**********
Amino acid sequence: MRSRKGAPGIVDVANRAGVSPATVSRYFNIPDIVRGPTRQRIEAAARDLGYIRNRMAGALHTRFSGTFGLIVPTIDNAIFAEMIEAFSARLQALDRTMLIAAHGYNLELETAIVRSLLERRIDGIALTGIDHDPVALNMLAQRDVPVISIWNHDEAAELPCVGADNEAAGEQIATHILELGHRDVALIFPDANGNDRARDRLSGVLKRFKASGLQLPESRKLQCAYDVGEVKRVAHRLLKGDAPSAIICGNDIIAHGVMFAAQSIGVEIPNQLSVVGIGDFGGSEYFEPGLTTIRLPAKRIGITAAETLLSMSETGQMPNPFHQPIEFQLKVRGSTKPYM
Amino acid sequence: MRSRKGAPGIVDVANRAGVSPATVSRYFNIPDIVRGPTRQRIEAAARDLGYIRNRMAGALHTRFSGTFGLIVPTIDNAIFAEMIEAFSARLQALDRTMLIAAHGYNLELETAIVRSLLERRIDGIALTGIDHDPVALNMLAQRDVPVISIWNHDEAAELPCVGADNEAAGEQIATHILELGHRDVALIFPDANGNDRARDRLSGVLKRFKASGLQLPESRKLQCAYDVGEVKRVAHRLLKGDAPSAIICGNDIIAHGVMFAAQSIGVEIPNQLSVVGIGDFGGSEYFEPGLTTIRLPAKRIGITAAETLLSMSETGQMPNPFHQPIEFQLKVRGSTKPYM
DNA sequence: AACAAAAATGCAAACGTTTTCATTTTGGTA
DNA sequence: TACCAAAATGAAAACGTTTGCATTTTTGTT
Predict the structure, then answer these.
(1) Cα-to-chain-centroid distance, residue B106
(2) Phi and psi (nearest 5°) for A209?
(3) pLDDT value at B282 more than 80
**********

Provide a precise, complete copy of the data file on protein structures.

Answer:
Amino acid sequence: MRSRKGAPGIVDVANRAGVSPATVSRYFNIPDIVRGPTRQRIEAAARDLGYIRNRMAGALHTRFSGTFGLIVPTIDNAIFAEMIEAFSARLQALDRTMLIAAHGYNLELETAIVRSLLERRIDGIALTGIDHDPVALNMLAQRDVPVISIWNHDEAAELPCVGADNEAAGEQIATHILELGHRDVALIFPDANGNDRARDRLSGVLKRFKASGLQLPESRKLQCAYDVGEVKRVAHRLLKGDAPSAIICGNDIIAHGVMFAAQSIGVEIPNQLSVVGIGDFGGSEYFEPGLTTIRLPAKRIGITAAETLLSMSETGQMPNPFHQPIEFQLKVRGSTKPYM
Amino acid sequence: MRSRKGAPGIVDVANRAGVSPATVSRYFNIPDIVRGPTRQRIEAAARDLGYIRNRMAGALHTRFSGTFGLIVPTIDNAIFAEMIEAFSARLQALDRTMLIAAHGYNLELETAIVRSLLERRIDGIALTGIDHDPVALNMLAQRDVPVISIWNHDEAAELPCVGADNEAAGEQIATHILELGHRDVALIFPDANGNDRARDRLSGVLKRFKASGLQLPESRKLQCAYDVGEVKRVAHRLLKGDAPSAIICGNDIIAHGVMFAAQSIGVEIPNQLSVVGIGDFGGSEYFEPGLTTIRLPAKRIGITAAETLLSMSETGQMPNPFHQPIEFQLKVRGSTKPYM
DNA sequence: AACAAAAATGCAAACGTTTTCATTTTGGTA
DNA sequence: TACCAAAATGAAAACGTTTGCATTTTTGTT
Predict the structure, then answer these.
(1) Cα-to-chain-centroid distance, residue B106
(2) Phi and psi (nearest 5°) for A209?
(3) pLDDT value at B282 more than 80